Goals have to fit a certain criteria to ensure they are attainable and achievable.

The best way is to use the SMART acronym (I’m a big fan of acronyms):

S- Specific

M- Measurable

A- Attainable

R- Realistic

T- Timely

So in following the SMART acronym, I came up with my:

youngandthrifty’s 2011 Personal Finance Resolutions:

  • Max out TFSA to $15000– In January, I’ll have $15,000 of TFSA space because I took out all of my TFSA’s for my down payment.  I plan to sell some of my non-registered stocks in order to put money back into my Tax Free Trading Account and top it up with savings.
  • Max out RRSP allowed contributions- I set out $200 a month automatically to an RRSP TD e-series and top up the rest before the year ends.  I’ll need to make sure I have money for the extra contribution before the end of the year.
  • Replenish my Savings Account- Since my savings account was basically ameliorated from the down payment, I would like save at least 15% a month for this.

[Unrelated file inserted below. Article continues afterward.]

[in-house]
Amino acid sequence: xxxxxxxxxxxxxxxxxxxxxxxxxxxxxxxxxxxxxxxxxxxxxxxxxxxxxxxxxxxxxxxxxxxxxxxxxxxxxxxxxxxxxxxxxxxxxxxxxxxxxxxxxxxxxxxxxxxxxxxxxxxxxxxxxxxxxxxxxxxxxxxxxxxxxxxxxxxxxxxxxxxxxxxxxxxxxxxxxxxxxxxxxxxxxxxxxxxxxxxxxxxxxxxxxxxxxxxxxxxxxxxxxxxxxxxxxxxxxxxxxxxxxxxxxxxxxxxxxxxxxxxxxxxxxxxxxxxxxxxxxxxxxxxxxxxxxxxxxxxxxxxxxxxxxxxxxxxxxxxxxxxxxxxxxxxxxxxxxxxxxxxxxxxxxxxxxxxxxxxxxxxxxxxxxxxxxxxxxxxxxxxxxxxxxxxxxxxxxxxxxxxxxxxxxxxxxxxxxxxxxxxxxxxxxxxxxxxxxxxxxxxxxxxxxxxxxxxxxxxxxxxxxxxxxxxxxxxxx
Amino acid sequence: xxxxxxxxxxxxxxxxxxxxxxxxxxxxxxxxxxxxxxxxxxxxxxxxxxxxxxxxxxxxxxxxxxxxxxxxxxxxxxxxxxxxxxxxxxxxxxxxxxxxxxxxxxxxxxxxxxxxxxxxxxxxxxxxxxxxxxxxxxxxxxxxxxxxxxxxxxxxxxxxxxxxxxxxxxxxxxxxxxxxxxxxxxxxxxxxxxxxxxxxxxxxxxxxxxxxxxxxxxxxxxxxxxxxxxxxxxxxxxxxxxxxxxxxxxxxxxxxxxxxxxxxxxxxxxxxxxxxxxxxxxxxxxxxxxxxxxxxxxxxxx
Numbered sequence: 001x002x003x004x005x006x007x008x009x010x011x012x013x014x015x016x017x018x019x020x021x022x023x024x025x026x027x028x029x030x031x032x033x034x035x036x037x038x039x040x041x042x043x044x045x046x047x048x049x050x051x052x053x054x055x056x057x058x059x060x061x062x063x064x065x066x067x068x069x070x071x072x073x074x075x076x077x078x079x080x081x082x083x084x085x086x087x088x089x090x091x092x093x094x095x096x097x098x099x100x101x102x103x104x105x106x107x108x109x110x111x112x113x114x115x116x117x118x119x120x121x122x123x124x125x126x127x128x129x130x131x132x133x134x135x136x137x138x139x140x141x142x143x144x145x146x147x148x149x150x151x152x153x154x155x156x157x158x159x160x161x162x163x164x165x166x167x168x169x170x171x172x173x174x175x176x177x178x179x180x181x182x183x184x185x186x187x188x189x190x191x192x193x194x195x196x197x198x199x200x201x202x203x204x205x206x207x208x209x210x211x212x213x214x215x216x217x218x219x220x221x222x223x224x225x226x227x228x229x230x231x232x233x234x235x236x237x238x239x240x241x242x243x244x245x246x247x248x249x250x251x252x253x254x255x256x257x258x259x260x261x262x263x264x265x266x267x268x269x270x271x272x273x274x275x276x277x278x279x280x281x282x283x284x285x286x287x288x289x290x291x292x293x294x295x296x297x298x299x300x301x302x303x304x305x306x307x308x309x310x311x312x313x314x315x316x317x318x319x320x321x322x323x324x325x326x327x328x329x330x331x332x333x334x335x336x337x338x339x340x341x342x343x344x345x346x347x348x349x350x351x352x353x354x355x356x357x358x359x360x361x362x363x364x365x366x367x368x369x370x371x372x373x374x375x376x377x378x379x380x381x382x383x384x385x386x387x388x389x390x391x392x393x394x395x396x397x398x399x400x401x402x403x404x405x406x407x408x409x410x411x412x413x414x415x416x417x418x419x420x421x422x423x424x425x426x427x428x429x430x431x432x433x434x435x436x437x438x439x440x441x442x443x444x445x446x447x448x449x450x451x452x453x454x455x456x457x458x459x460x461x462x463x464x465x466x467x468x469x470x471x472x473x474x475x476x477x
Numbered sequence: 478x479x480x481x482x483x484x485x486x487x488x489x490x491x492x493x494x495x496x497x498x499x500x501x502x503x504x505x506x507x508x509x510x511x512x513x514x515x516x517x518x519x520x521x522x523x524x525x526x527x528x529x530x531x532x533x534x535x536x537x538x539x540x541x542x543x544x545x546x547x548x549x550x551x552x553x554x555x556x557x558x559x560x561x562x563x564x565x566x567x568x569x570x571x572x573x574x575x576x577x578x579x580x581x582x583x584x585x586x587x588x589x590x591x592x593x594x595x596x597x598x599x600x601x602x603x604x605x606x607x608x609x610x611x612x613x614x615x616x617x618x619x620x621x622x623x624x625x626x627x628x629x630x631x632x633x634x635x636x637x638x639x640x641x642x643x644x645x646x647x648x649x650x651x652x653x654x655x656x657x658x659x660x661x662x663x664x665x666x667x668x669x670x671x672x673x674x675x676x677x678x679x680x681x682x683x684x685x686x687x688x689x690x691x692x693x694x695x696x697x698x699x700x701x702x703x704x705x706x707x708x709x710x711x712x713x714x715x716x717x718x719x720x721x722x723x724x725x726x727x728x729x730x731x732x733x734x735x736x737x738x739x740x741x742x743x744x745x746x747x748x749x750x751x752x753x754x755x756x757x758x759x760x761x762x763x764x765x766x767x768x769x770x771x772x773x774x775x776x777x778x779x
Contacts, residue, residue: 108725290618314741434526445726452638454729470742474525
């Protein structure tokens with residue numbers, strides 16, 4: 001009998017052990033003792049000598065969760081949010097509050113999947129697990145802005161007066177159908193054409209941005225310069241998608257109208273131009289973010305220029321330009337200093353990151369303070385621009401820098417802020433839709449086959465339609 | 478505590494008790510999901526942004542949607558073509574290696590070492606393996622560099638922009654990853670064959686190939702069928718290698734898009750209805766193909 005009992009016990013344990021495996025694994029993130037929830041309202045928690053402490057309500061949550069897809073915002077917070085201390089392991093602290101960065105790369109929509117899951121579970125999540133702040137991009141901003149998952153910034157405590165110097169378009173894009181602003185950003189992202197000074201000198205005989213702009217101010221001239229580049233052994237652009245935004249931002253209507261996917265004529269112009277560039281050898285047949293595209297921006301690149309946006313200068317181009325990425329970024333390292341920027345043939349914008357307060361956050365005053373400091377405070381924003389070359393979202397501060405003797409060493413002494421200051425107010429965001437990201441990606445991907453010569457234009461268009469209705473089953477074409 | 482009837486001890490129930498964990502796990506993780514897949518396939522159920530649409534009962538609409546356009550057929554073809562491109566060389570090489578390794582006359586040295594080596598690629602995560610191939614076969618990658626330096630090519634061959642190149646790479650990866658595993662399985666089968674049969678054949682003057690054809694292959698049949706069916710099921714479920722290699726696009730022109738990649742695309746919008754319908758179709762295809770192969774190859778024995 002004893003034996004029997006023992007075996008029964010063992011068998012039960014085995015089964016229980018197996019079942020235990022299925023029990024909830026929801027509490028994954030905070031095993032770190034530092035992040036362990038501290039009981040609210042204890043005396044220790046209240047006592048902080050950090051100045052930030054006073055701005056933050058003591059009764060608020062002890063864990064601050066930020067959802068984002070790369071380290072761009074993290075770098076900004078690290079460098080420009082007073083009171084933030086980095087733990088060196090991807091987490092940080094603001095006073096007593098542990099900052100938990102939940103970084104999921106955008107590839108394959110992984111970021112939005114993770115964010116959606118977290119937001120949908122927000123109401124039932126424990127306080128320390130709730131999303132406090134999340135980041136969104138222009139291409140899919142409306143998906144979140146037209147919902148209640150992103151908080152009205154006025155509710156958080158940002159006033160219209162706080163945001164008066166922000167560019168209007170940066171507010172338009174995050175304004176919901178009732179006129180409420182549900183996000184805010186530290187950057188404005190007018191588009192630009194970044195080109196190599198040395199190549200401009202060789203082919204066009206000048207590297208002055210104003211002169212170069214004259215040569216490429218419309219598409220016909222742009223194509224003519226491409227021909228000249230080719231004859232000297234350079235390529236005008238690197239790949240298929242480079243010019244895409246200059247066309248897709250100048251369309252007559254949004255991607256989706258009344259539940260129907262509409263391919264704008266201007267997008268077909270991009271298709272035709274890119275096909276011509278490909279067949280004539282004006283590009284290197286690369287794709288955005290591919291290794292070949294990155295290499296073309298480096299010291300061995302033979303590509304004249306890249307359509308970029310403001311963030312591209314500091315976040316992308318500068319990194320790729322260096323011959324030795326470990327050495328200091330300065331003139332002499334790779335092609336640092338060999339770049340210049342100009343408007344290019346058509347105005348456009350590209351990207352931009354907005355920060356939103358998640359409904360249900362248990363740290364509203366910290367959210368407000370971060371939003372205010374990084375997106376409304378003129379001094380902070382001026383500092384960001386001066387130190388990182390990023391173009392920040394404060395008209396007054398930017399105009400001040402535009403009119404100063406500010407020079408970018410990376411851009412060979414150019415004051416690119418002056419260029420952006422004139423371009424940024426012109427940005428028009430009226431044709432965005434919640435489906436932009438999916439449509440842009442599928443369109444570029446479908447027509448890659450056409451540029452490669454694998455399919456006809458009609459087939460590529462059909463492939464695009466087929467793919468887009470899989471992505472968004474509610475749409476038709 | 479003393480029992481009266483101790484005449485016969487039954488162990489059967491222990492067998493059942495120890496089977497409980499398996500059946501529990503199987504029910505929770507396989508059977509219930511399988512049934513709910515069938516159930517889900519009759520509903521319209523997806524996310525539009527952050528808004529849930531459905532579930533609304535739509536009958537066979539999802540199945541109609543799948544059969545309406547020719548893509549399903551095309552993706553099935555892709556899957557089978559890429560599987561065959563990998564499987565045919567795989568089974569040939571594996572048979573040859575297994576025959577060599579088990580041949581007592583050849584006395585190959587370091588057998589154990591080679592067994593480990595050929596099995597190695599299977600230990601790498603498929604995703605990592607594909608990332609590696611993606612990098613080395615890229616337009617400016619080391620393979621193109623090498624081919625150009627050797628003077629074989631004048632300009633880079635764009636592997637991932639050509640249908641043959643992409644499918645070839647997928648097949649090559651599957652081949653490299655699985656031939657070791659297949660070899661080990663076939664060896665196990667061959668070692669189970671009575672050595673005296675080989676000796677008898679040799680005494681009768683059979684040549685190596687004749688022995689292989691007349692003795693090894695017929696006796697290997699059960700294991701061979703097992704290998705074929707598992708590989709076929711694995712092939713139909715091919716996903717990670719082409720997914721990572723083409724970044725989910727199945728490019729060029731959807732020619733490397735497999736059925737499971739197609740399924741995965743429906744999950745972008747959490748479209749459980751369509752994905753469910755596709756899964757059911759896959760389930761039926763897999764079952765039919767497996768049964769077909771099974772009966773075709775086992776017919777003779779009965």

• Save $2400 for Travel Fund- I plan to climb the highest peak in Africa in 2012 (before I turn the big 3-0… some people jump out of planes and sky dive…I hike) and will need some cashola for that (not to mention get in shape)…I will try and set aside $200 a month for this travel fund (automatically).  I have an ING savings account for that
  • Pay down the Mortgage extra $500/month ($1000 total)- BF and I are going to rent out the basement and plan to use that money to pay down the mortgage and attack the beast principle amount.